Vancouver-based poet Fred Wah offers three options for seeing the stories in objects. Try it!
Concrete vs. Abstract
“Perception is the first act of the imagination,” said William Carlos Williams. The problem we are trying to confront in this exercise has multiple consequences in our writing, not the least of which is how the use of abstract language tends to make the words themselves transparent. This transparency is related to our frequently unconscious assumptions about the cachet of the lyric poem (if it has words like “love,” “beauty,” “the world’s decay,” and so forth, it carries the stamp of poetic authenticity). The material we work with becomes secondary to ulterior intentions (like moralizing, teaching, claiming power, etc.).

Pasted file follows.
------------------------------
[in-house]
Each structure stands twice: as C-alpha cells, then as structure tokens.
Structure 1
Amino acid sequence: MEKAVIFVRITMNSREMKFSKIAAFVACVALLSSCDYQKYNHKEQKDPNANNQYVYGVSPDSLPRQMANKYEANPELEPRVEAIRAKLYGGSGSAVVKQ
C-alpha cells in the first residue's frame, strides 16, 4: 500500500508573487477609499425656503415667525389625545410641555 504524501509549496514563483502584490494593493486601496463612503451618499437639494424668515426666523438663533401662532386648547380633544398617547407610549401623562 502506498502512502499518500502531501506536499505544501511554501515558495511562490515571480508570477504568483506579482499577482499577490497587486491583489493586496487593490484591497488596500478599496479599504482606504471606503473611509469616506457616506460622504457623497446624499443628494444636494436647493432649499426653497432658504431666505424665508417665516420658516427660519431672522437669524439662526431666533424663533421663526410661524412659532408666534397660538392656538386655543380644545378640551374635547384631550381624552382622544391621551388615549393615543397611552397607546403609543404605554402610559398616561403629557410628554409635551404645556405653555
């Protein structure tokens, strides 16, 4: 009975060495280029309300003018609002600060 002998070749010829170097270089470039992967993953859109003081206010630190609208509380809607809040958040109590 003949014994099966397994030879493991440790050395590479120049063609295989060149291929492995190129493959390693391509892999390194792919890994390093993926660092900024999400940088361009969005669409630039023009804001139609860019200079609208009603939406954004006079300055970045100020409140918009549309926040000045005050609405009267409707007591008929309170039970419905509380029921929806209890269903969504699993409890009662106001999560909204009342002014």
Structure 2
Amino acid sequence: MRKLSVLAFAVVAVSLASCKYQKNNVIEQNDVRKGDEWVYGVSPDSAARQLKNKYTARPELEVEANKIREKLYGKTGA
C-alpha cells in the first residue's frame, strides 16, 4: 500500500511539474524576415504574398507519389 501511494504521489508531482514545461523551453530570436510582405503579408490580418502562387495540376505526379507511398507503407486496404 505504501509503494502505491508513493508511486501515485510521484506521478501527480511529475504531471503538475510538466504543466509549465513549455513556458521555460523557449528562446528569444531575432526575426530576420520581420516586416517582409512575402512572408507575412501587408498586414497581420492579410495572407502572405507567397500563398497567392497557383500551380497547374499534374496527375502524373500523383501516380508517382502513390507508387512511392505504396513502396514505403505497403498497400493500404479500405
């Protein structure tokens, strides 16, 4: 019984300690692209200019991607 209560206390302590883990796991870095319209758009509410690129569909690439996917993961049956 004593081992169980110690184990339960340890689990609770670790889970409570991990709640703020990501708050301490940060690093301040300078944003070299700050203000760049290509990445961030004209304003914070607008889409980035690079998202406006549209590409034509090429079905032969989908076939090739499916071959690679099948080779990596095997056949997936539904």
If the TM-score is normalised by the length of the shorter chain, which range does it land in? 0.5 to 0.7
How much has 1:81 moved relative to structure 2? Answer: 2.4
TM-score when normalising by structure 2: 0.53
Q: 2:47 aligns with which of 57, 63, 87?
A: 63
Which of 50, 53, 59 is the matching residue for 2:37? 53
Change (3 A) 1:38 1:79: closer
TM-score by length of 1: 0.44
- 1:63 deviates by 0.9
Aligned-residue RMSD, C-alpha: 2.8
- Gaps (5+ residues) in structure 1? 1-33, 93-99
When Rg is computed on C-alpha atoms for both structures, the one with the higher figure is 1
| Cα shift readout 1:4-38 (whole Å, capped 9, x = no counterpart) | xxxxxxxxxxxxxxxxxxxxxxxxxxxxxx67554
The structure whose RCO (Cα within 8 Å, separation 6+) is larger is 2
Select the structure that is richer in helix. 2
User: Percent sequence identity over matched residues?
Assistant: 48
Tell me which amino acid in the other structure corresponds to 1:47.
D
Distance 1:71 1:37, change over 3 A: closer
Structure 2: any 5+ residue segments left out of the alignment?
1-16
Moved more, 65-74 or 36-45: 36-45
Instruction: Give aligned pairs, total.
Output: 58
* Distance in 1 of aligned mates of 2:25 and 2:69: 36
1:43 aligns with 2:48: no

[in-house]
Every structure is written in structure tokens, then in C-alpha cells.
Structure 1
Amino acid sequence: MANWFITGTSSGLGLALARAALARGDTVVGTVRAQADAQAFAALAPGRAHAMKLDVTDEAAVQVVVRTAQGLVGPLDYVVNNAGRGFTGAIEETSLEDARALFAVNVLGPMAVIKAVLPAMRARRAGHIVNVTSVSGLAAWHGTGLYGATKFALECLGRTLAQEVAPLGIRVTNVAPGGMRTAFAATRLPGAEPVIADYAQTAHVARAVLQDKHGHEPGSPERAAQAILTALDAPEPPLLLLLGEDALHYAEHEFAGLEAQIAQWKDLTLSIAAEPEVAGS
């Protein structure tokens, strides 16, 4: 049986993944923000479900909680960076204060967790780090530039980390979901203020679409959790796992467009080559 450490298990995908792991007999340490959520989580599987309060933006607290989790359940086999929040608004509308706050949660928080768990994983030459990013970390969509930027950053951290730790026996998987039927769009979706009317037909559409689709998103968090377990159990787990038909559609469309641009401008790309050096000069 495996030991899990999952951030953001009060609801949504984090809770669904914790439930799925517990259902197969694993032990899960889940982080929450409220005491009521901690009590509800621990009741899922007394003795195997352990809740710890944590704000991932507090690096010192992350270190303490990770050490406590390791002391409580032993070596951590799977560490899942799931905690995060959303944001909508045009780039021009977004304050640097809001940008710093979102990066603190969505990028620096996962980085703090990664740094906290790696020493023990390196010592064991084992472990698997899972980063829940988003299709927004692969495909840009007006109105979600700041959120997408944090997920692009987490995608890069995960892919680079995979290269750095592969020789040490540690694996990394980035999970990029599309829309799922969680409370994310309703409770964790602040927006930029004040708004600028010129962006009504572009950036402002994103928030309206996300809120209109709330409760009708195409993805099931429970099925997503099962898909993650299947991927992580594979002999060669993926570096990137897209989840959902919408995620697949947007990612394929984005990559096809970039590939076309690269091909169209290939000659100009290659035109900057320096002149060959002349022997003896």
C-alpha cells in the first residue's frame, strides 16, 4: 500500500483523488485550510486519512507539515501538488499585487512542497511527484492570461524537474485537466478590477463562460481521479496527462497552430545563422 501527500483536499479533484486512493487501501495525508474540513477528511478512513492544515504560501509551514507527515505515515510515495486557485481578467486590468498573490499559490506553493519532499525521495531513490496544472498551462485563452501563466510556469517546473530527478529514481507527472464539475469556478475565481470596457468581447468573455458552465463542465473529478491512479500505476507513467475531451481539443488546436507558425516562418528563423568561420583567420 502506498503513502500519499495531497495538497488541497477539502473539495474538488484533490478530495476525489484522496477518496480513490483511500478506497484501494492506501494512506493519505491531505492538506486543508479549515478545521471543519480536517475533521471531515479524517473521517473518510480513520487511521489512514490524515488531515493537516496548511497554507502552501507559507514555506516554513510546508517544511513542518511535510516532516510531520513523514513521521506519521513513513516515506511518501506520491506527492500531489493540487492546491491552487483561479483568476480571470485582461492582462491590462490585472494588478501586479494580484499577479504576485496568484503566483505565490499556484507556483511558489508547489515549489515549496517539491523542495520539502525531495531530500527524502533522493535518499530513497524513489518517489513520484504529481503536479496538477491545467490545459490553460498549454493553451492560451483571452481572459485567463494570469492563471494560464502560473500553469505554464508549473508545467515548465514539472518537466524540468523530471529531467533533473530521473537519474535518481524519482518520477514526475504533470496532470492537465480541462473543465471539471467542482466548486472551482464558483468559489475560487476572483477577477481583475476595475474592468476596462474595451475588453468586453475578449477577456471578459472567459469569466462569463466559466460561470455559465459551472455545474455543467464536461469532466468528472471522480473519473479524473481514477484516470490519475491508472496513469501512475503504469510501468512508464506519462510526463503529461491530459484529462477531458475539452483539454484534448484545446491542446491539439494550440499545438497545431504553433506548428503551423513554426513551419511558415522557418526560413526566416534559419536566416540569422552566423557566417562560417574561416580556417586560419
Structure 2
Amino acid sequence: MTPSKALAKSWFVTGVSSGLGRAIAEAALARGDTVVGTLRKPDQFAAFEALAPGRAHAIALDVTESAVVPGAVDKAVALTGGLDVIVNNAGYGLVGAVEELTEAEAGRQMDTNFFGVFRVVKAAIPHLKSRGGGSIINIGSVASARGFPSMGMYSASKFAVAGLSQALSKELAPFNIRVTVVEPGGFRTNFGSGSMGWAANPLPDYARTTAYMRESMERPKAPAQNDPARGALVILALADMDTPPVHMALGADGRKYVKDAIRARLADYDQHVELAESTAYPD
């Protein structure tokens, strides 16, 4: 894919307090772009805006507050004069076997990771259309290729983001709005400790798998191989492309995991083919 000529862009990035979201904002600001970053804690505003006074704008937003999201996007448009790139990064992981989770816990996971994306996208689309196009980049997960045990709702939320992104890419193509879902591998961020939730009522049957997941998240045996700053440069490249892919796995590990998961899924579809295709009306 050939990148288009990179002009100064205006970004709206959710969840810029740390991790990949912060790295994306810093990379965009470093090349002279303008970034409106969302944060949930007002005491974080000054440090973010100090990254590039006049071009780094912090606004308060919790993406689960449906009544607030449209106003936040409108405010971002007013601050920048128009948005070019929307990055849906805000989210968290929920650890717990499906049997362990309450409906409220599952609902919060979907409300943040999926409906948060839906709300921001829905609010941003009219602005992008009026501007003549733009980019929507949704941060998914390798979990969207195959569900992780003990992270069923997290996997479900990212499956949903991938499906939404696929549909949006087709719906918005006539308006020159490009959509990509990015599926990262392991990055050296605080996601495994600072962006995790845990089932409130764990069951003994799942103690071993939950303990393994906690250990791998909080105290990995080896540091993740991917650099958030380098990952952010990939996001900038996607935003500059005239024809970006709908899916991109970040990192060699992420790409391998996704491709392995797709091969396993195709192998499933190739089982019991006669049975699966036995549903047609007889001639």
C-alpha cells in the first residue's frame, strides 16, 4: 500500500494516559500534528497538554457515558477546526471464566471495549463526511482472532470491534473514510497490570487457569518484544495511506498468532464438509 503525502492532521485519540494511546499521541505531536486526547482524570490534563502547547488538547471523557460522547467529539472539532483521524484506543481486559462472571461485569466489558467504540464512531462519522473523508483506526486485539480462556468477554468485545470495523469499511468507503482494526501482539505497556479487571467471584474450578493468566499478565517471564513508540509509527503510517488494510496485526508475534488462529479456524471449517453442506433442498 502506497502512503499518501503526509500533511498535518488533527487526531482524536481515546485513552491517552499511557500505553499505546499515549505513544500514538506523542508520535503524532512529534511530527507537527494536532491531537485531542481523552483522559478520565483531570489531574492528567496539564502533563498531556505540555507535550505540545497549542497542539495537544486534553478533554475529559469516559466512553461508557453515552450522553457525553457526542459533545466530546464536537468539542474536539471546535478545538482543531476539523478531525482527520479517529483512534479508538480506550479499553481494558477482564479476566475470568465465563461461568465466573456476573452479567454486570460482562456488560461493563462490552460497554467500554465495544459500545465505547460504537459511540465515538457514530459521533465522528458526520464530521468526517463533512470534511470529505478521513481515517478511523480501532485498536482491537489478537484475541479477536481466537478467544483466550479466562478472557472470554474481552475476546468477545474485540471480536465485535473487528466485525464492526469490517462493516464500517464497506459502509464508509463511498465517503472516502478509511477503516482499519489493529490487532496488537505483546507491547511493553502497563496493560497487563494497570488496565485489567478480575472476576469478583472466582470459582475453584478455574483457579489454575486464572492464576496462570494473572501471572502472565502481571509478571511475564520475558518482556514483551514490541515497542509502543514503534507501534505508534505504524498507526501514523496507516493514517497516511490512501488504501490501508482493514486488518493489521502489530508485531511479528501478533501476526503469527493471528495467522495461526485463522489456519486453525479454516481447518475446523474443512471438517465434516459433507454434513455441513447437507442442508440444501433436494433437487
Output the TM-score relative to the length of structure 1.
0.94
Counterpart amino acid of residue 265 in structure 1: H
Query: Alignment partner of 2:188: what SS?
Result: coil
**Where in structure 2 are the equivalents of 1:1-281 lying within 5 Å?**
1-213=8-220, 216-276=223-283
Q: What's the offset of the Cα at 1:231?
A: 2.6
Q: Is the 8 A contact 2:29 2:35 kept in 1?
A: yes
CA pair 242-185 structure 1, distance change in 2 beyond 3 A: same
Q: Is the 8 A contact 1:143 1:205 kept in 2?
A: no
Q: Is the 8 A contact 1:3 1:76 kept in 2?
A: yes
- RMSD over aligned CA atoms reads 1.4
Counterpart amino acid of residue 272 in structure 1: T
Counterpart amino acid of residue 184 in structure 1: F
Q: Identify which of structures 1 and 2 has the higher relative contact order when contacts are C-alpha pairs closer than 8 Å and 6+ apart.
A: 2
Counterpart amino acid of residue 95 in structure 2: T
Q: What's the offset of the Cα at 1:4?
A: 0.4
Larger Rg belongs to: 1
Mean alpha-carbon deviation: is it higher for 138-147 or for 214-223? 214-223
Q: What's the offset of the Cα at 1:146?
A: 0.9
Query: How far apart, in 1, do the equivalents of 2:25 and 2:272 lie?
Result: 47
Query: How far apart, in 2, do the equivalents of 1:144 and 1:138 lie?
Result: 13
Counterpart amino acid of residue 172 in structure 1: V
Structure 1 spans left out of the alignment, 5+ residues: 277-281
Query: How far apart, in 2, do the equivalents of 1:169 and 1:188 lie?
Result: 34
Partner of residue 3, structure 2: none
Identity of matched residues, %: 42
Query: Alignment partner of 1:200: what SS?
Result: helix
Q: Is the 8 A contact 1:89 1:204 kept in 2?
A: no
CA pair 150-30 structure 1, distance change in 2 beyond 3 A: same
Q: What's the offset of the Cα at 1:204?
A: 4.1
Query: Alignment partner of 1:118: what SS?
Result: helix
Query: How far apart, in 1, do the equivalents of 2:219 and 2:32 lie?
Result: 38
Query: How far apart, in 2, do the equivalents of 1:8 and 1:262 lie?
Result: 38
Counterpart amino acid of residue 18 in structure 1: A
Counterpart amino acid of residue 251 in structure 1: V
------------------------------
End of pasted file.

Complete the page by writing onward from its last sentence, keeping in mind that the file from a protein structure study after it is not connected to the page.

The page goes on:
Try one of these exercises:
1. Describe one of many (one egg in a dozen of eggs, one car in a parking lot, and so forth — but avoid these examples). Try to indicate the qualities of the group as well as the distinctness of a particular member of that group.
“One’s-self I sing, a simple separate person,
Yet utter the world Democratic, the word En-Masse.”
2. Write a poem that is a list of objects in such a way that we get the sense that a story is being told.
3. Do a short investigation of an item, an activity, a word and find out as much as you can about the language associated with the item, activity, or word (the “discourse” that surrounds it). Look for active and concrete verbs, names, colourful and unusual terminology, and so forth. Save from your search lists of nouns, verbs, and adjectives. Write a poem using as many of the nouns and verbs as you like, but only one adjective.